Honey Health

3 Health Benefits of Honey

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Honey is unique because it is a natural product that is derived from insects!  It is formed from the nectar of flowers by honeybees in an amazingly complex process.  There are over 300 varieties of honey that exist (that we know about!) due to the many different types of nectar that honeybees collect it.  Another interesting fact about honey is that it does not go bad.  It may crystallize over time, but this is a natural process for honey.

Honey

Honey has a tradition of therapeutic uses and plenty of nutritional benefits that you may not have known about!  This treat is a form of sugar – it is high in fructose, and should be used in moderation.  However, it is a natural energy enhancer and adding even just a little to your morning tea can give you a natural boost!

 


Natural Energy Source

Honey is a natural source of carbohydrates, which are the primary source of fuel for our body.  Carbohydrates are the main components of honey, but it also contains proteins, amino acids, minerals, vitamins, antioxidants and beneficial polyphenols.  Honey actually contains all nine essential amino acids.  Honey is also unique in that it acts as a time-released fuel providing you with steadier blood glucose and insulin levels over a longer period of time.

Energetic Women

 

Fights Disease and Common Coughs

Honey is full of antioxidants, which scavenge harmful free radicals and are an important component of how our immune system fights off disease.  It has a number of other medicinal uses, as well, including making a great substitute for traditional cough syrup.  The World Health Organization has classified honey as a demulcent, which is defined as a substance that can relieve mouth and throat irritation by forming a protecting film.  Studies even show that honey works just as well as dextromethorphan, which is a common ingredient in over-the-counter cough medicines, in soothing cough and cough related sleep troubles in children.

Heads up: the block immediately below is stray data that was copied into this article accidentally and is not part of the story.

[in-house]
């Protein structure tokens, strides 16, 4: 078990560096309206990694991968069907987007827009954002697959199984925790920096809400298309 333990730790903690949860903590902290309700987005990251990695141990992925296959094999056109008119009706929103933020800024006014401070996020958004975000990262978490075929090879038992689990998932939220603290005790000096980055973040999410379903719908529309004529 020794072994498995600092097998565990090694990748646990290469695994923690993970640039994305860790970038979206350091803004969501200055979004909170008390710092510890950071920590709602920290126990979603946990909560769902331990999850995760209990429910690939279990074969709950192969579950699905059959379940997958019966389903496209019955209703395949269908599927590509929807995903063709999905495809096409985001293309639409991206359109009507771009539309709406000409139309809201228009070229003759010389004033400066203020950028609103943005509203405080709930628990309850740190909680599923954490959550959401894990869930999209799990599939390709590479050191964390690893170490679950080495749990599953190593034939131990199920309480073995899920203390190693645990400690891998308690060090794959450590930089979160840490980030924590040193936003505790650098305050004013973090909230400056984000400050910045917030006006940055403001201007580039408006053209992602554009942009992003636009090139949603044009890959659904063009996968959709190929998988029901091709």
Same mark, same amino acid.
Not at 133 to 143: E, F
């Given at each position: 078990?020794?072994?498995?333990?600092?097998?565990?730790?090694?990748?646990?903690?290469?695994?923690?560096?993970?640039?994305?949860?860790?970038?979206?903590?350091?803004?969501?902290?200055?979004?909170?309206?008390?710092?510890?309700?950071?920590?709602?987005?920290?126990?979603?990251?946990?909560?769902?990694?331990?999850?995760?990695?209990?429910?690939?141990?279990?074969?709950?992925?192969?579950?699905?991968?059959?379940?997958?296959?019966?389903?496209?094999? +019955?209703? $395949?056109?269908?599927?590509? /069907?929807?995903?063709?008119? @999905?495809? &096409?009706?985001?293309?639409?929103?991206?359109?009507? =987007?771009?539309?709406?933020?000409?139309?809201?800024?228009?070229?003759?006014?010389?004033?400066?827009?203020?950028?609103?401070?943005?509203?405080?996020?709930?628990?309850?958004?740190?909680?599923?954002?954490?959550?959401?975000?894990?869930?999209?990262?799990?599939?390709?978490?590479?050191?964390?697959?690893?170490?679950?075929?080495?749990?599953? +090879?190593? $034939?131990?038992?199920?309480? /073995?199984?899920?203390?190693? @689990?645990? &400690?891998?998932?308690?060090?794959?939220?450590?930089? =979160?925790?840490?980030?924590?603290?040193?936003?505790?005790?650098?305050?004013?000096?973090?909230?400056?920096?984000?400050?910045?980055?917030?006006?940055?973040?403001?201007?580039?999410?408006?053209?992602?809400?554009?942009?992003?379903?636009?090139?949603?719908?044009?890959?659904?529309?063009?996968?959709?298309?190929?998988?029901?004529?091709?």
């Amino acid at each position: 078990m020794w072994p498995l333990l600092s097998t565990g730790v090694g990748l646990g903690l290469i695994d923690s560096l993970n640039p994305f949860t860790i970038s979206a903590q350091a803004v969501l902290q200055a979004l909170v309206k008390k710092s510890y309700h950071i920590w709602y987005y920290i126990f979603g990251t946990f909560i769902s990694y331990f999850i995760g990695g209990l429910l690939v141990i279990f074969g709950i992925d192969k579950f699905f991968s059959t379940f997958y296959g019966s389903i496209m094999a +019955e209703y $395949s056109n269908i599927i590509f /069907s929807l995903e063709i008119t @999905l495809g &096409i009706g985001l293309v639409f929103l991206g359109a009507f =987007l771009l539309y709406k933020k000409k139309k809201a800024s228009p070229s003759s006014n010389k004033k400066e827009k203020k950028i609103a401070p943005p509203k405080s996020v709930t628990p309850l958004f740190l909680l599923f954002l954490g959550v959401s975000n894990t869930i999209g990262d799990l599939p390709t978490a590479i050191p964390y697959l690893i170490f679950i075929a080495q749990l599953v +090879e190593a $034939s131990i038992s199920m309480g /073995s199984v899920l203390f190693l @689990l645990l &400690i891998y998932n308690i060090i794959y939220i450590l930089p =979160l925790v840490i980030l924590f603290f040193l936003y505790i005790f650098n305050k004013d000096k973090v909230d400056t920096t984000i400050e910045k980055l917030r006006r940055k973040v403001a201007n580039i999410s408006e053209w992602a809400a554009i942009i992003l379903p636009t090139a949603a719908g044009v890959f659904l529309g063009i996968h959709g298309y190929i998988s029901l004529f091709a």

Cough syrup

Honey has antibacterial and antifungal properties in addition to its antioxidant activities, making it perfect for use in treating wounds and preventing skin infections.  Honey releases hydrogen peroxide through the process of enzymes, which explains its antiseptic properties.  Manuka honey is a variety of honey made from pollen gathered from the medicinal Manuka plant.  This honey has been clinically shown to combat over 250 strains of bacteria – even resistant strains such as MRSA (methicillin-resistant Staphylococcus aurus), which can be deadly.

 

Protects Your Brain

Oxidative stress is thought to be a huge factor in problems with cognitive function associated with aging.  Oxidative stress is basically a disparity between the production of free radicals and the body’s capacity to counteract their harmful effects with antioxidants.  The brain is very susceptive to oxidative damage because it has a high demand for oxygen and a large amount of polyunsaturated fatty acids in neuronal membranes.  Honey contains several different compounds that are associated with scavenging free radicals and activating antioxidant enzymes in the brain.  Some research suggests that polyphenols in honey, including apigenin and catechin, have a neuroprotective effect against oxidation and inflammation; as well as memory, learning, and cognitive-promoting effects.  More brain health.
Brain

 

Sources

“4 Things You Didn’t Know About Honey.” Time. Time, 4 Oct. 2014. Web. 07 Jan. 2016.

“Bee Raw.” FAQs. N.p., n.d. Web. 07 Jan. 2016. <https://beeraw.com/faqs>.Mercola, Joseph, MD. “5 Things You Didn’t Know About Honey.” Mercola.com. Mercola.com, 20 Oct. 2014. Web. 07 Jan. 2016.

Rahman, Mohammed Mijanur, Et Al. “Neurological Effects of Honey: Current and Future Prospects.” Neurological Effects of Honey: Current and Future Prospects. Hindawi Evidence-Based Complementary and Alternative Medicine, 27 Apr. 2014. Web. 07 Jan. 2016.

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